Additional Thoughts on the OPAC

Helene Blowers at Library TechBytes points out that we, in the library community, share responsibility for the state of our ILS systems. She suggests that we have demanded that ILS vendors create specialized systems that are tailored to our individual organization with little thought of flexibility. I would agree. I think that today’s mind set of being able to customize programs and interfaces per library, but more importantly per user, is a relatively recent concept. Helene also points out how difficult it is to change people’s habits. Again, I agree. Many library people are not unhappy with their ILS systems and/or OPACs. They may accept them because “this is the way it has always been done,” because they actually don’t find a problem with it or for any number of other reasons. Many people do not like change – they will accept something the way it is simply because they prefer the devil they know to the one they do not. Overcoming this attitude is hard. It requires agents of change who can gently handly many types of personalities. Only when a group is ready for change, can we move forward. Achieving this desired change requires a great deal of self-examination (library as self). Re-examining circulation and collection procedures should definitely be revisited. A natural part of Library 2.0 (or just normal evolution – I like Meredith Farkas am not a big fan of labels) should always about questioning existing policies and procedures on a regular basis.

So ultimately, we aren’t just looking at ways to improve our OPAC. I think we are looking to improve our libraries and our way of business. Most of our policies and procedures were developed before the internet, before the advent of full-text resources, etc. Maybe we should be starting by looking at our mission statements, reexaming our services, question everything, think about all aspects of our day-to-day business. Only when we truly understand ourselves can we even begin to try and understand our patrons. Hopefully, if we do it right, we will be better able to deal with future changes in a more timely manner.

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5 Responses to Additional Thoughts on the OPAC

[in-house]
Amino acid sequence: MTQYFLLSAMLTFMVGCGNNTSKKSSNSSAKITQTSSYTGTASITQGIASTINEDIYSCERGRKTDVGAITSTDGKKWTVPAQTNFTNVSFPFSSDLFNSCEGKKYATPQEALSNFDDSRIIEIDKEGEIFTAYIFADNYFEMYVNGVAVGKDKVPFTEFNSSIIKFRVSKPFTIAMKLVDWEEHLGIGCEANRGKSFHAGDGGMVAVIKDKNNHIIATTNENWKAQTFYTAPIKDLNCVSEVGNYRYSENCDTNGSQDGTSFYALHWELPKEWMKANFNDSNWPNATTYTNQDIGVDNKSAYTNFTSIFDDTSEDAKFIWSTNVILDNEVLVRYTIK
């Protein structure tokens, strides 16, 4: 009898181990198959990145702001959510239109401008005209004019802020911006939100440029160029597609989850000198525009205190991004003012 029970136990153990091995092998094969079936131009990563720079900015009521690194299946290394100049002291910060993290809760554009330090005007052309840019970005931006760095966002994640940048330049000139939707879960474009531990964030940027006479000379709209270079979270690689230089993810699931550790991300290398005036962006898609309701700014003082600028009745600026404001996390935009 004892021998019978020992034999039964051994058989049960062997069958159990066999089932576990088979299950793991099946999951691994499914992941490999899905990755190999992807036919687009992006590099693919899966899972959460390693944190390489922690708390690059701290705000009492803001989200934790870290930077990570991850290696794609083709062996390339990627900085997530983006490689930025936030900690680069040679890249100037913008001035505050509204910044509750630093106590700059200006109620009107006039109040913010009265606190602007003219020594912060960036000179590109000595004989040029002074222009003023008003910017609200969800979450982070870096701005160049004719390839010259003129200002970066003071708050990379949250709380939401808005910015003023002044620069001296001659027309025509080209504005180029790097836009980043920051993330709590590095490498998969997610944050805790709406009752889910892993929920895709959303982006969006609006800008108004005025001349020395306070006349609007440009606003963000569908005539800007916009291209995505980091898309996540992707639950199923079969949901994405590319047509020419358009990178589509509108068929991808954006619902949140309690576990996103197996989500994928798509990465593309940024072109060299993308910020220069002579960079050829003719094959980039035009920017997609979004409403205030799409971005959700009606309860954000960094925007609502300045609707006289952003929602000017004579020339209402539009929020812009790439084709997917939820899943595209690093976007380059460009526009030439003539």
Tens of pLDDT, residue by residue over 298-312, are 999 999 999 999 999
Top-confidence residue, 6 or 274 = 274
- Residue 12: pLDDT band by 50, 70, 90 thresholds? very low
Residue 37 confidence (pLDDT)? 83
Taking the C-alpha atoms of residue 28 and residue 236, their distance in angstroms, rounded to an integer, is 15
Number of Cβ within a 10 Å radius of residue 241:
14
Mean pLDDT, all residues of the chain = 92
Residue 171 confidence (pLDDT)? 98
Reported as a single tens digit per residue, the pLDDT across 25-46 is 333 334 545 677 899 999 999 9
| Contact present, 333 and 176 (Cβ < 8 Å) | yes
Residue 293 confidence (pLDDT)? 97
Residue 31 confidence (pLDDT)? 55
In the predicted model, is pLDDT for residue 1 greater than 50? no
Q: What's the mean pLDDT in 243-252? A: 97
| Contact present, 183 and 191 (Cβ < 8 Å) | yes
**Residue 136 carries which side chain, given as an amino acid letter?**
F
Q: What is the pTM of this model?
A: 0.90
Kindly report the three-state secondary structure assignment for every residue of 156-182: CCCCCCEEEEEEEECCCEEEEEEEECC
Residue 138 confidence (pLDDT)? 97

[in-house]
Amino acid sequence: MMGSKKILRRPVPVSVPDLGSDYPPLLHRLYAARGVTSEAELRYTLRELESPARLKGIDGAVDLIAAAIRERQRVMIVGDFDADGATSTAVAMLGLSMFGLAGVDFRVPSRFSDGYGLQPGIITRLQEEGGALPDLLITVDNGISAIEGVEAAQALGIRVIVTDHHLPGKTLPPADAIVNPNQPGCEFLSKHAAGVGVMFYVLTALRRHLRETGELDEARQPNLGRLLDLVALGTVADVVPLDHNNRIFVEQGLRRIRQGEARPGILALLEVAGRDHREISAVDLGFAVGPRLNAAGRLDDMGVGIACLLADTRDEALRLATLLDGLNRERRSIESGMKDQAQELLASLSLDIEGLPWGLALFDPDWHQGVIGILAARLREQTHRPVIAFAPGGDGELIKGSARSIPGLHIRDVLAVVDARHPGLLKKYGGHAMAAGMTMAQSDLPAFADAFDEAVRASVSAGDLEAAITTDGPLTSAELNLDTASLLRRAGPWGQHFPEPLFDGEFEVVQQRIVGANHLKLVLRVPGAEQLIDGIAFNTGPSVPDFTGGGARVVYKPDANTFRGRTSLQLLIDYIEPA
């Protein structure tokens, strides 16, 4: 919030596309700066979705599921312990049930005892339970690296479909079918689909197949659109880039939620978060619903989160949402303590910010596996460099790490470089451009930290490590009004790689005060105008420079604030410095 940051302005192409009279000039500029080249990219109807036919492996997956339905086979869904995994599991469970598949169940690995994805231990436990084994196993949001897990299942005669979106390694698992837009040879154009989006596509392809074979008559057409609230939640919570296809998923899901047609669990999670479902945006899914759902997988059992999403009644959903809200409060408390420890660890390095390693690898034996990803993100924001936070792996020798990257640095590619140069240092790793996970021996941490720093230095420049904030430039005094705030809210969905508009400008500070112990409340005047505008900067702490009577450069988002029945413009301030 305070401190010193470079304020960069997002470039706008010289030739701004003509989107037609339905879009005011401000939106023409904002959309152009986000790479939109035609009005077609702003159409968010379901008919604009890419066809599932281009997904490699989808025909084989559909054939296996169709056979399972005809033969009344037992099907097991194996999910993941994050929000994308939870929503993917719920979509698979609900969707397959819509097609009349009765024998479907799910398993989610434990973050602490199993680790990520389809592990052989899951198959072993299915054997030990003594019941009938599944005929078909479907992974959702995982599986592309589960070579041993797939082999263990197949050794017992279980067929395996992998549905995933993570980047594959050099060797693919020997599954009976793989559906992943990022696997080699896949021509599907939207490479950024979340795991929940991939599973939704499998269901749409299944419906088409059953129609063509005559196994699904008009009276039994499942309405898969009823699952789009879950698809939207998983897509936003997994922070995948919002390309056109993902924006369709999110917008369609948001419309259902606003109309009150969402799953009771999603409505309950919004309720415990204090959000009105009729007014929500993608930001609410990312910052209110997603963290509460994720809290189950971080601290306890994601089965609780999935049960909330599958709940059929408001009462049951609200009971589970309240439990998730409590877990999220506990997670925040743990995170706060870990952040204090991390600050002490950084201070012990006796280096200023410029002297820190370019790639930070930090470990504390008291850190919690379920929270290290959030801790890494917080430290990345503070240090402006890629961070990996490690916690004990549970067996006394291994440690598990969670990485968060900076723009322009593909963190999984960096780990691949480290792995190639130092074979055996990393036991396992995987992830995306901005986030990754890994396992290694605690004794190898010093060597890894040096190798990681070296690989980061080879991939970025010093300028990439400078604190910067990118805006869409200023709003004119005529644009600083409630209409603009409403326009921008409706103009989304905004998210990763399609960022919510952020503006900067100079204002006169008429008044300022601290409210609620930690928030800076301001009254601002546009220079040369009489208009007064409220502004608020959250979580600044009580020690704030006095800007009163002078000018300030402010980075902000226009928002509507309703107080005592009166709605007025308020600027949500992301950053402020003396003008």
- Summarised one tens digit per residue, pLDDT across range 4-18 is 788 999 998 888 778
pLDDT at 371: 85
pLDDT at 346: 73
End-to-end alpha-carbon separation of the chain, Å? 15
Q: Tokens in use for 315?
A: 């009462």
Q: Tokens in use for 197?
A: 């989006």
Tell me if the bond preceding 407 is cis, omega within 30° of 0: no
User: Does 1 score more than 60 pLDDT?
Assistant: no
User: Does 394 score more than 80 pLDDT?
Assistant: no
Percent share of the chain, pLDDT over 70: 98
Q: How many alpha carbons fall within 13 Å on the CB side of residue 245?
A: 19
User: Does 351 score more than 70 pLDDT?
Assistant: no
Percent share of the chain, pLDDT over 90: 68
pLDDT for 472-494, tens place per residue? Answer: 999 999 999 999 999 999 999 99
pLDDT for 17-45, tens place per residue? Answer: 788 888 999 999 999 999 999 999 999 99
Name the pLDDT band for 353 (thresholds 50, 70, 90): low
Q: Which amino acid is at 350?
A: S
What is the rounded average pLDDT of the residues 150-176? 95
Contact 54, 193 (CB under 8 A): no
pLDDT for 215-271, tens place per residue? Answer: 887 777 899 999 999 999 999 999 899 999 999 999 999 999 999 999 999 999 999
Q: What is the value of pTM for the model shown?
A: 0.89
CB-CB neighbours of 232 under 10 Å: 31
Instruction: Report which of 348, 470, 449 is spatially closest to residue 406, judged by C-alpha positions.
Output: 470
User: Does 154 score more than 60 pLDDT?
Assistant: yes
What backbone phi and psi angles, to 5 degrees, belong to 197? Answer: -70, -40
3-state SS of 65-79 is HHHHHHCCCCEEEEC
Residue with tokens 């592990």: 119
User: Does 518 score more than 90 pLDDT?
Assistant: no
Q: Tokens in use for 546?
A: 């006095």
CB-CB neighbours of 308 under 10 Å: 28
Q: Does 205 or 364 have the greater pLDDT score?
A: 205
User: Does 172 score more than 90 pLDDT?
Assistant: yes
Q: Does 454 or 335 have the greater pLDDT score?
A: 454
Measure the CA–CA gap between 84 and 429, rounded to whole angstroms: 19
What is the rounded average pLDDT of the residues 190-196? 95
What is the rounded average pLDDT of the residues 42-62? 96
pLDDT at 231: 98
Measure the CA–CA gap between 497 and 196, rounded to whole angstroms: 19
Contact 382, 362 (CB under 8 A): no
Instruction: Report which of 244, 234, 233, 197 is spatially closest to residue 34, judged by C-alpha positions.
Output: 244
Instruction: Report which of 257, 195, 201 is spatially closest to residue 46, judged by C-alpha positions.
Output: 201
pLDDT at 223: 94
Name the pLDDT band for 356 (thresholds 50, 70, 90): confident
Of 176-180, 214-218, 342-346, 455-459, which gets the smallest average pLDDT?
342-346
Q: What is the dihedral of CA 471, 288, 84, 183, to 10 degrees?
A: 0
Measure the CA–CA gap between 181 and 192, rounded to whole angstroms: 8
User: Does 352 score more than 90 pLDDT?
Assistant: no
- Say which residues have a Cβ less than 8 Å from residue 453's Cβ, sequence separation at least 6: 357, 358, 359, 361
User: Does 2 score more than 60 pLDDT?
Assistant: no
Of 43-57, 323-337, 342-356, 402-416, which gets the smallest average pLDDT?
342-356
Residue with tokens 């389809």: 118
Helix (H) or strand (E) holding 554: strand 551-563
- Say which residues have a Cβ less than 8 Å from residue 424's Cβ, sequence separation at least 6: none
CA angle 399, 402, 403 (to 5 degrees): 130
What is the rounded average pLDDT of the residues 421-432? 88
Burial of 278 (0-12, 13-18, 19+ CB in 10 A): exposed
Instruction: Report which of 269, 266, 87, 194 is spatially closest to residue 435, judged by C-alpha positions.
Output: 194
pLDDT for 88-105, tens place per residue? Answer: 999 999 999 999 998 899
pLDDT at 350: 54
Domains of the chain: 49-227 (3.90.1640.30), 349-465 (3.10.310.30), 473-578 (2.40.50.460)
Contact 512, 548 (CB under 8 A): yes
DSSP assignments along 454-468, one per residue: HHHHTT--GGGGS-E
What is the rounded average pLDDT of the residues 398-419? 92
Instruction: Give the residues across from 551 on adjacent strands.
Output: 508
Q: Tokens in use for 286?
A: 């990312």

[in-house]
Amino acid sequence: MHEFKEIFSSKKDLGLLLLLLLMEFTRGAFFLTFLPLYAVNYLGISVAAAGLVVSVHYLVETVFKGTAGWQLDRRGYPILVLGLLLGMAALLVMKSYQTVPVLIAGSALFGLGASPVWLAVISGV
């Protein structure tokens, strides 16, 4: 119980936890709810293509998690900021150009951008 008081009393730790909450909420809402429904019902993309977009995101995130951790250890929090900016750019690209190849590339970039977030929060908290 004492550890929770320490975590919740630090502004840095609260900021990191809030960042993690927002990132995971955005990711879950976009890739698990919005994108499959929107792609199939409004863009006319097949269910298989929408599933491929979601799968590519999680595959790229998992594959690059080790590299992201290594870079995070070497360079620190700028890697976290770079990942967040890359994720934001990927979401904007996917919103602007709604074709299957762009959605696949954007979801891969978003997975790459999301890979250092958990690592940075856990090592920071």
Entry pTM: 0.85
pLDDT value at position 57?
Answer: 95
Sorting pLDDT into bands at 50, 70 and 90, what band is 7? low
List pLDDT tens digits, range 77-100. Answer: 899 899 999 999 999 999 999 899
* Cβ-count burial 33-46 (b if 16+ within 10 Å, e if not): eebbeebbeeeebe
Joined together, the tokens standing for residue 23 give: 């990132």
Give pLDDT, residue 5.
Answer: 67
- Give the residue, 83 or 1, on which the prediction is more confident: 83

1. jmnlman says:

    or you can end up with the exact opposite problem. In my graduate school program were being continuously asked for feedback about changes so often that we end up tuning them out.

  2. Jennifer says:

    Excellent point. I find it hard to envision in terms of library policies given that they are very frequently reviewed in many places. However, constantly revision would be worse would make for a exhausting work atmosphere. Additionally asking patrons to continually comment on services, take surveys, etc. could only hurt the cause.

  3. Helene says:

    Good points about staff comfort level and “because we’ve always done it this way” mindset. It’s very hard to introduce change in any organization, but when your custumers are demanding it, you need to be able to take a hard look at yourselves.

    Sometimes it’s not about continually asking the users for their input. I find that it’s more about listening and reacting to the input/feedback they’ve already been telling you for years. Our catalogs are that way – we’ve heard the furstration from users for years about subject searches, keyword placement, series searches, etc. They just want it easier … and for a change it’s nice to see the profession agreeing with them 🙂 Nice post!!

  4. Susan Harden says:

    I think that Libraries have yet to make the investment in IT and web development staff when compared to private retailers. Libraries invest significantly in service staff but yet seem to think it unnecessary to pay high salaries (that may exceed the Director’s salary) to provide outstanding customer service via the catalog. I think a Library should hire someone who manages an online banking site to manage the catalog. I think online banking is a great retail model for a catalog. I hate my bank, generally, but won’t leave because I LOVE their online banking. Wouldn’t be great if our customers who love our other customer interactions, felt the same way about our catalog (which we should call something else).

  5. Jennifer says:

    Boy Susan you are right on target. Most often, libraries invest in systems and then rely upon current staff to support them. We do the best we can – and then berate ourselves for falling short of the mark – or end up feeling put upon and lose sight of the overall goal.

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